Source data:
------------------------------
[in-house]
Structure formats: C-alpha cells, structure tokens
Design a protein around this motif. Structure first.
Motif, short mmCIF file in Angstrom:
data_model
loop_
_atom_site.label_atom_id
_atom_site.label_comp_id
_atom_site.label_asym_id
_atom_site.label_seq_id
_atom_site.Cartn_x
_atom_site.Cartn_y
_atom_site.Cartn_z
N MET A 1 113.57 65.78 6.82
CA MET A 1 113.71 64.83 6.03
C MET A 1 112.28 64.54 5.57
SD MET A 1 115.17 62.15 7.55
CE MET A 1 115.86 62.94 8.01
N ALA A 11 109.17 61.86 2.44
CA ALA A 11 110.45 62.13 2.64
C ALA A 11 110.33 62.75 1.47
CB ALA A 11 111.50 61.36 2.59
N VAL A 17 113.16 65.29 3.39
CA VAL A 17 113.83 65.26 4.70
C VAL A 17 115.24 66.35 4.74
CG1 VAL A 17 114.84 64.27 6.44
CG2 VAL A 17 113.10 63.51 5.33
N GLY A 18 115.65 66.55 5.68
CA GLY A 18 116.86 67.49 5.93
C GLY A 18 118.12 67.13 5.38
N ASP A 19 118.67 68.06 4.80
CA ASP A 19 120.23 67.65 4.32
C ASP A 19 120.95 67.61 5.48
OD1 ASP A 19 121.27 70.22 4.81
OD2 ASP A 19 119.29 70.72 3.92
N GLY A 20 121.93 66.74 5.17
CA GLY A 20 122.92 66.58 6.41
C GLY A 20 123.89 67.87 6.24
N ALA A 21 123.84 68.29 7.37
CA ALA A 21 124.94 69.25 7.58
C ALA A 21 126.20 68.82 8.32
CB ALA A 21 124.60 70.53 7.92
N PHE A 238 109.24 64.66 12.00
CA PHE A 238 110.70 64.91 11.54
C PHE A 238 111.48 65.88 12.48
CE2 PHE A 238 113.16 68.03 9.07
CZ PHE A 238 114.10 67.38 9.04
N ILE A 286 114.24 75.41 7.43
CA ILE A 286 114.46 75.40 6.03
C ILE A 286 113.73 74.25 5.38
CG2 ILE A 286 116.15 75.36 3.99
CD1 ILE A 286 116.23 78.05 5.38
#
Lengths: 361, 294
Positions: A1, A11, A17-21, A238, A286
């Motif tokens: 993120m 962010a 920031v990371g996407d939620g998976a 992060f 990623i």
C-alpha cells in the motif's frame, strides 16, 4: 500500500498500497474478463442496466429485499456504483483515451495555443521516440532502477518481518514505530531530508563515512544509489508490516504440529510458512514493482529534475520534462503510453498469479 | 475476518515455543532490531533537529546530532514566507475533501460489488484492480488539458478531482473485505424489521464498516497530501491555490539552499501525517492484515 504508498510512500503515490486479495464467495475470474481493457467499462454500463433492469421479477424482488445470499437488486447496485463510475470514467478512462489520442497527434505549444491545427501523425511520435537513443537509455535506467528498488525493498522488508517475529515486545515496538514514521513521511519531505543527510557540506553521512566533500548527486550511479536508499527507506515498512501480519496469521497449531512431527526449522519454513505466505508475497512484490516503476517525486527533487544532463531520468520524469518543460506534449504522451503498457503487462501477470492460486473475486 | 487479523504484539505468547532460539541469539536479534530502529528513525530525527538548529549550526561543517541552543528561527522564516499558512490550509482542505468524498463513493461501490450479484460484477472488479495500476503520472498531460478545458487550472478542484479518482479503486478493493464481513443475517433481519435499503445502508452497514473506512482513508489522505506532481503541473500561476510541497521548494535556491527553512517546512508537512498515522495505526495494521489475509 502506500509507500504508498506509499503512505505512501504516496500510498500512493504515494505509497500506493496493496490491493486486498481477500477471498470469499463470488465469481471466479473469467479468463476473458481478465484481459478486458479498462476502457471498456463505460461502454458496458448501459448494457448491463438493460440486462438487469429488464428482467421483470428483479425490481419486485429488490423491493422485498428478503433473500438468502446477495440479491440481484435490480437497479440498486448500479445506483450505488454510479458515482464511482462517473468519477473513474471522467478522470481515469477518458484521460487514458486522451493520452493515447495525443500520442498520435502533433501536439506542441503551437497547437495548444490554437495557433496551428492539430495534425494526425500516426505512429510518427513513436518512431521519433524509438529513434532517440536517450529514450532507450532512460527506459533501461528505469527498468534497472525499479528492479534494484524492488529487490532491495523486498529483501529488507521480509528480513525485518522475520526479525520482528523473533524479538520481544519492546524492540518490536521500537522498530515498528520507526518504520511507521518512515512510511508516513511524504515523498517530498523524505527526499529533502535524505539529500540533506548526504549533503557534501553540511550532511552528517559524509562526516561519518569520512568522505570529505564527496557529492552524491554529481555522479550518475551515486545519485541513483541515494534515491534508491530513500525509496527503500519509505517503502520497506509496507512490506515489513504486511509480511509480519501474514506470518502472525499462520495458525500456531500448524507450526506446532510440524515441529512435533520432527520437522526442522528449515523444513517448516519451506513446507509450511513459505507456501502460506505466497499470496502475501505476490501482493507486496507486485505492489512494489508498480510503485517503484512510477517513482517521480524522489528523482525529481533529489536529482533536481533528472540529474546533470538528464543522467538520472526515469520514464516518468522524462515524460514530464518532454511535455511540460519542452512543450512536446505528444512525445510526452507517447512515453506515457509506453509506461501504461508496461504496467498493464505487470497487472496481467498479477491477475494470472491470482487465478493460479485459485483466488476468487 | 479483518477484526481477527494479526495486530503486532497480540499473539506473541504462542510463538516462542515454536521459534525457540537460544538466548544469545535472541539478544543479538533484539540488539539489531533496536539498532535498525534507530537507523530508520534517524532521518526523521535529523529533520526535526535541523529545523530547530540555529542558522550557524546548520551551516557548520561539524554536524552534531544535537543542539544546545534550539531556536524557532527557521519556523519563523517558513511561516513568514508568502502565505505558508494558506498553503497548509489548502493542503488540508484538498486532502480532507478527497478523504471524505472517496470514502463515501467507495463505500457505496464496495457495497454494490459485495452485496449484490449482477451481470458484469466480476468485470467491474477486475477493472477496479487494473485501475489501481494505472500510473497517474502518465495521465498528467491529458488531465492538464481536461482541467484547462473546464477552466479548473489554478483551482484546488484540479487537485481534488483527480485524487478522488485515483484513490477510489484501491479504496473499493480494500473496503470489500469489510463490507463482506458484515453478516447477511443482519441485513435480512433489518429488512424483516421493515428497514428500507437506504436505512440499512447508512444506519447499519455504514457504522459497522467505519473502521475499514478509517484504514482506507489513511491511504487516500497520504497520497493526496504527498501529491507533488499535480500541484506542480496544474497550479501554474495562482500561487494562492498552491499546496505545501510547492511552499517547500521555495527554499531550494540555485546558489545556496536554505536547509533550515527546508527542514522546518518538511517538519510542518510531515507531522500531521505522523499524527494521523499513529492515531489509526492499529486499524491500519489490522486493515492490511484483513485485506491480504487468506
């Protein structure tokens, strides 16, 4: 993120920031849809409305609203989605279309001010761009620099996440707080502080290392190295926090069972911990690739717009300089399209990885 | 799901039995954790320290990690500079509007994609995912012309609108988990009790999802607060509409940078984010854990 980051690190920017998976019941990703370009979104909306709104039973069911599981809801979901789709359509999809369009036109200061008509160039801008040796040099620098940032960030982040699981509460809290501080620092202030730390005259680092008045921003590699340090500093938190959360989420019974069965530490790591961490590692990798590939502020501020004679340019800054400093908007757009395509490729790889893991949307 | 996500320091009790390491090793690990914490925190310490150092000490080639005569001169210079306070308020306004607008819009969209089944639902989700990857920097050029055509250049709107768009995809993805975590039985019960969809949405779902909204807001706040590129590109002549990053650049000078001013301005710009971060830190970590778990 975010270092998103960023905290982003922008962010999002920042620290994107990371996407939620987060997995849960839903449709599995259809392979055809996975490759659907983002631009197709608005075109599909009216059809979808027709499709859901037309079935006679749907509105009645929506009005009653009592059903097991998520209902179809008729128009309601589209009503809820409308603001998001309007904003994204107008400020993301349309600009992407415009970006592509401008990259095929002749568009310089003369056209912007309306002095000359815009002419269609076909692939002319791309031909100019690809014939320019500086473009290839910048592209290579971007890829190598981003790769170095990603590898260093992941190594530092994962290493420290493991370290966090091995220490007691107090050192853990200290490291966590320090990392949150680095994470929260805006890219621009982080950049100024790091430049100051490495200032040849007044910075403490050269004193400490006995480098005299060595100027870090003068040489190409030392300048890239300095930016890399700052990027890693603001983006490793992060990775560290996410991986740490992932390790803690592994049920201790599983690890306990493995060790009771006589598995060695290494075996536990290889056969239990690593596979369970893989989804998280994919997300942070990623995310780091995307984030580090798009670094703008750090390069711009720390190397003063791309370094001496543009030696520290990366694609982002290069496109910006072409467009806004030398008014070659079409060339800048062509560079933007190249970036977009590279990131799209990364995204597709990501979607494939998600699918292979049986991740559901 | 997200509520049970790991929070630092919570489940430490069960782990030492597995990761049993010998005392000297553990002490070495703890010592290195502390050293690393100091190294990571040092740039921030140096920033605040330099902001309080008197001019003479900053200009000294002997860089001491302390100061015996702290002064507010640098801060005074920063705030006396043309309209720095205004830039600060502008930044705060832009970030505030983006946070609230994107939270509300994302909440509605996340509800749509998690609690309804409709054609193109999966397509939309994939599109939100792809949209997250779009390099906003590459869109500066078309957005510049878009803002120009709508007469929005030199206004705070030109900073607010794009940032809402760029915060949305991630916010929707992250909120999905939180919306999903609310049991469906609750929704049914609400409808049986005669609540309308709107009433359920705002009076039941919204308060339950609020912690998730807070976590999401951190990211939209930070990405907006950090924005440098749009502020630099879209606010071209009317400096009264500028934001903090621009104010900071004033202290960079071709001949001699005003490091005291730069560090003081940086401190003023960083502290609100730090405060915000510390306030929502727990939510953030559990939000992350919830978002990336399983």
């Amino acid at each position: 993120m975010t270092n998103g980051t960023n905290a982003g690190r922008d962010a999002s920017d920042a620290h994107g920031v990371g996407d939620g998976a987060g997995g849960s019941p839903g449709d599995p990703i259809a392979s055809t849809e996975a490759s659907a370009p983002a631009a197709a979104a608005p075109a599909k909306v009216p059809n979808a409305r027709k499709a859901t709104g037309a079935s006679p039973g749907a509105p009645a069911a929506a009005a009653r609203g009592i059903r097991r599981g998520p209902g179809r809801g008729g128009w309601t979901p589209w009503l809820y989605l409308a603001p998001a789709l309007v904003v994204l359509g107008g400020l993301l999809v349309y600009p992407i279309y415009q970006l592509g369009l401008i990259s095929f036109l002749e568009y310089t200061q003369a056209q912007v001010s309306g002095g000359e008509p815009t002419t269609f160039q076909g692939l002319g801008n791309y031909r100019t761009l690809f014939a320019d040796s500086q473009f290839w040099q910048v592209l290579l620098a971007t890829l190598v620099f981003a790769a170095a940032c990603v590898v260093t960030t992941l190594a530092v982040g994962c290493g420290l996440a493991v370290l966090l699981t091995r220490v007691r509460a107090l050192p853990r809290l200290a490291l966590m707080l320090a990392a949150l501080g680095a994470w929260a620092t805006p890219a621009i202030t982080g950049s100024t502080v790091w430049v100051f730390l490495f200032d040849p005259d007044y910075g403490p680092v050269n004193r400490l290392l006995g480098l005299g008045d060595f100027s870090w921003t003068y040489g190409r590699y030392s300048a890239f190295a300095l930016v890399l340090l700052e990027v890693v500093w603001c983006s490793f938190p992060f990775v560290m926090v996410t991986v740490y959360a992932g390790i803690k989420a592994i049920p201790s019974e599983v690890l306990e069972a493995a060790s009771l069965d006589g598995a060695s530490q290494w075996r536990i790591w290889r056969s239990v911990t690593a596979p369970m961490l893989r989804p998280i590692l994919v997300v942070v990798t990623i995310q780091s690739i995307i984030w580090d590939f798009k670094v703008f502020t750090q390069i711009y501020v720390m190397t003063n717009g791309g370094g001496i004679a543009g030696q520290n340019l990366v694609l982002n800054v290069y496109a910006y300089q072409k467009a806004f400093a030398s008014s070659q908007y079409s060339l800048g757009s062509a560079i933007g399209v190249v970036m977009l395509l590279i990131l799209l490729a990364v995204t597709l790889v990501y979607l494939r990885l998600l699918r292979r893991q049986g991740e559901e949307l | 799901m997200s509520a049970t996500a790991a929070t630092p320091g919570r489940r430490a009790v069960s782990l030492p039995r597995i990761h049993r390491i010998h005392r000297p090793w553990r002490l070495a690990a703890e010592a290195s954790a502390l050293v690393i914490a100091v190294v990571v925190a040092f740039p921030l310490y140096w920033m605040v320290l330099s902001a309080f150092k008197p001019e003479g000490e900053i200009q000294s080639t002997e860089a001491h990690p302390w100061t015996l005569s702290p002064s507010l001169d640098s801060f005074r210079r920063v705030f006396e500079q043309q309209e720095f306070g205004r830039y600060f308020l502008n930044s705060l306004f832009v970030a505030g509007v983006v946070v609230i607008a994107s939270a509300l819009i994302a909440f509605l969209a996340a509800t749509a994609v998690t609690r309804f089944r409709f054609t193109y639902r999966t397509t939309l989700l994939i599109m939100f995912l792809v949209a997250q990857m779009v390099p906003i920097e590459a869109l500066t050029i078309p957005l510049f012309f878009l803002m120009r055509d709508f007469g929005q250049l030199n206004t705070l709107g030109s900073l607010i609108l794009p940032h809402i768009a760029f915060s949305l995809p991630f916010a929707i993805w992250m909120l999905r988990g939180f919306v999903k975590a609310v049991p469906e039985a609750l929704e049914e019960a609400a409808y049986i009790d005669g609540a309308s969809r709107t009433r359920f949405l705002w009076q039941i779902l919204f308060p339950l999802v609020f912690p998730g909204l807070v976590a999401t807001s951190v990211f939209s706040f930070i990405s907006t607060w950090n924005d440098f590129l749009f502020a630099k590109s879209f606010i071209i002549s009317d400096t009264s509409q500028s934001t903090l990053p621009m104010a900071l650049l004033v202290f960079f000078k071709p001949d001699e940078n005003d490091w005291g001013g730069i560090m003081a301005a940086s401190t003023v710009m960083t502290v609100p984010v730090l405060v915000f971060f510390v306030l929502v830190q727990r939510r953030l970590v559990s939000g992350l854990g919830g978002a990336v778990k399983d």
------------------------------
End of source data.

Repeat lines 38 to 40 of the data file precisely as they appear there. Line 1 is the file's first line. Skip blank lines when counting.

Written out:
C GLY A 20 123.89 67.87 6.24
N ALA A 21 123.84 68.29 7.37
CA ALA A 21 124.94 69.25 7.58